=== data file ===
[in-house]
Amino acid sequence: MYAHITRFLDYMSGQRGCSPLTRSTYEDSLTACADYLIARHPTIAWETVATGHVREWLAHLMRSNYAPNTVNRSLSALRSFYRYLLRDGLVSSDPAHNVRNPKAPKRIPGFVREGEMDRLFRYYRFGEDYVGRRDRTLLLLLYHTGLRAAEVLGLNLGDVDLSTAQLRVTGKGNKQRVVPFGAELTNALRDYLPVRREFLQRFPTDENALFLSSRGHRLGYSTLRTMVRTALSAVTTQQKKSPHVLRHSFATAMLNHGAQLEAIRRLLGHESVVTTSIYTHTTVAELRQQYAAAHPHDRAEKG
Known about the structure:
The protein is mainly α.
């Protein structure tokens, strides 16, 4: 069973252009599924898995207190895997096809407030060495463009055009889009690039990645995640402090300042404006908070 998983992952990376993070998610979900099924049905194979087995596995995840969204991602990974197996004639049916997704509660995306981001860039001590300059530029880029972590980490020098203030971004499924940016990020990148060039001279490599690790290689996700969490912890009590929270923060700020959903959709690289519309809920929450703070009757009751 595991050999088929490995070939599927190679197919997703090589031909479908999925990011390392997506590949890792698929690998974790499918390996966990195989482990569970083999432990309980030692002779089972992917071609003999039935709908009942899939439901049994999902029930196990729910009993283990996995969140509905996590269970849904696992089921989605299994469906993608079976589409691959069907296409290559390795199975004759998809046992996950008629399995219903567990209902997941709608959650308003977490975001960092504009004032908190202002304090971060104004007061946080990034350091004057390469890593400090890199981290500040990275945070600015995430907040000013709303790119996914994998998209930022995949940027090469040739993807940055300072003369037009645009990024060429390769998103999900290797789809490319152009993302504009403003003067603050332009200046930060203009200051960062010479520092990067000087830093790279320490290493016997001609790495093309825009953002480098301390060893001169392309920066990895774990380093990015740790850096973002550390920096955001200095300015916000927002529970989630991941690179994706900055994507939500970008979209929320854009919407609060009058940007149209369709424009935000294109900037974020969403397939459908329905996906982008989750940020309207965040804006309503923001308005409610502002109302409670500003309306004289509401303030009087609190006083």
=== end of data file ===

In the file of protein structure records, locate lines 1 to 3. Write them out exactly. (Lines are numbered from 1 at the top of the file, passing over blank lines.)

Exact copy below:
[in-house]
Amino acid sequence: MYAHITRFLDYMSGQRGCSPLTRSTYEDSLTACADYLIARHPTIAWETVATGHVREWLAHLMRSNYAPNTVNRSLSALRSFYRYLLRDGLVSSDPAHNVRNPKAPKRIPGFVREGEMDRLFRYYRFGEDYVGRRDRTLLLLLYHTGLRAAEVLGLNLGDVDLSTAQLRVTGKGNKQRVVPFGAELTNALRDYLPVRREFLQRFPTDENALFLSSRGHRLGYSTLRTMVRTALSAVTTQQKKSPHVLRHSFATAMLNHGAQLEAIRRLLGHESVVTTSIYTHTTVAELRQQYAAAHPHDRAEKG
Known about the structure: